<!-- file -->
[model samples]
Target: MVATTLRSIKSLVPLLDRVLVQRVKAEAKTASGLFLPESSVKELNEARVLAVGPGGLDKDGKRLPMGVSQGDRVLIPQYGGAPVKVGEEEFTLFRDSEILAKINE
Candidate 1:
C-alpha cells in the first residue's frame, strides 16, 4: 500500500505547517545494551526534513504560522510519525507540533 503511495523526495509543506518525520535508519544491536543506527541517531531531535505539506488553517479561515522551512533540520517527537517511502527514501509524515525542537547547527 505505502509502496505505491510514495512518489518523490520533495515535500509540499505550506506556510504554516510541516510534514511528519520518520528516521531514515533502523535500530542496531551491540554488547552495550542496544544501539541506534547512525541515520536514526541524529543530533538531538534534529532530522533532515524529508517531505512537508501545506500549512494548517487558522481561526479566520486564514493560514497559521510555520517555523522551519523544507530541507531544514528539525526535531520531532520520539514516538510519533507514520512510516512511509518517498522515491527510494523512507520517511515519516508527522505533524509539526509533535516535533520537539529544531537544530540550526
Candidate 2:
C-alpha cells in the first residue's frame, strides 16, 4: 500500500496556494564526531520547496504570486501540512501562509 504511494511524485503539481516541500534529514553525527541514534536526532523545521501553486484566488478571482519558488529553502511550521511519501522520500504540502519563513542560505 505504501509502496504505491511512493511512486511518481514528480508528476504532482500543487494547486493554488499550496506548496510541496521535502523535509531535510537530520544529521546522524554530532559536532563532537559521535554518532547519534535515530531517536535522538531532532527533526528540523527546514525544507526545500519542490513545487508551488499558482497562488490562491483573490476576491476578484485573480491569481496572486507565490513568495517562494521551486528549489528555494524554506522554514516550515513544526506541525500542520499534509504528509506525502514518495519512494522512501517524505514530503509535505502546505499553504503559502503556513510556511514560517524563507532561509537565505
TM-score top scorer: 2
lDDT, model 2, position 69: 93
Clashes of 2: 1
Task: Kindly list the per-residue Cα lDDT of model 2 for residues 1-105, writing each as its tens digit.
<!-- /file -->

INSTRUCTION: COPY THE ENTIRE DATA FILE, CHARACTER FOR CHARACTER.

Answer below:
[model samples]
Target: MVATTLRSIKSLVPLLDRVLVQRVKAEAKTASGLFLPESSVKELNEARVLAVGPGGLDKDGKRLPMGVSQGDRVLIPQYGGAPVKVGEEEFTLFRDSEILAKINE
Candidate 1:
C-alpha cells in the first residue's frame, strides 16, 4: 500500500505547517545494551526534513504560522510519525507540533 503511495523526495509543506518525520535508519544491536543506527541517531531531535505539506488553517479561515522551512533540520517527537517511502527514501509524515525542537547547527 505505502509502496505505491510514495512518489518523490520533495515535500509540499505550506506556510504554516510541516510534514511528519520518520528516521531514515533502523535500530542496531551491540554488547552495550542496544544501539541506534547512525541515520536514526541524529543530533538531538534534529532530522533532515524529508517531505512537508501545506500549512494548517487558522481561526479566520486564514493560514497559521510555520517555523522551519523544507530541507531544514528539525526535531520531532520520539514516538510519533507514520512510516512511509518517498522515491527510494523512507520517511515519516508527522505533524509539526509533535516535533520537539529544531537544530540550526
Candidate 2:
C-alpha cells in the first residue's frame, strides 16, 4: 500500500496556494564526531520547496504570486501540512501562509 504511494511524485503539481516541500534529514553525527541514534536526532523545521501553486484566488478571482519558488529553502511550521511519501522520500504540502519563513542560505 505504501509502496504505491511512493511512486511518481514528480508528476504532482500543487494547486493554488499550496506548496510541496521535502523535509531535510537530520544529521546522524554530532559536532563532537559521535554518532547519534535515530531517536535522538531532532527533526528540523527546514525544507526545500519542490513545487508551488499558482497562488490562491483573490476576491476578484485573480491569481496572486507565490513568495517562494521551486528549489528555494524554506522554514516550515513544526506541525500542520499534509504528509506525502514518495519512494522512501517524505514530503509535505502546505499553504503559502503556513510556511514560517524563507532561509537565505
TM-score top scorer: 2
lDDT, model 2, position 69: 93
Clashes of 2: 1
Task: Kindly list the per-residue Cα lDDT of model 2 for residues 1-105, writing each as its tens digit.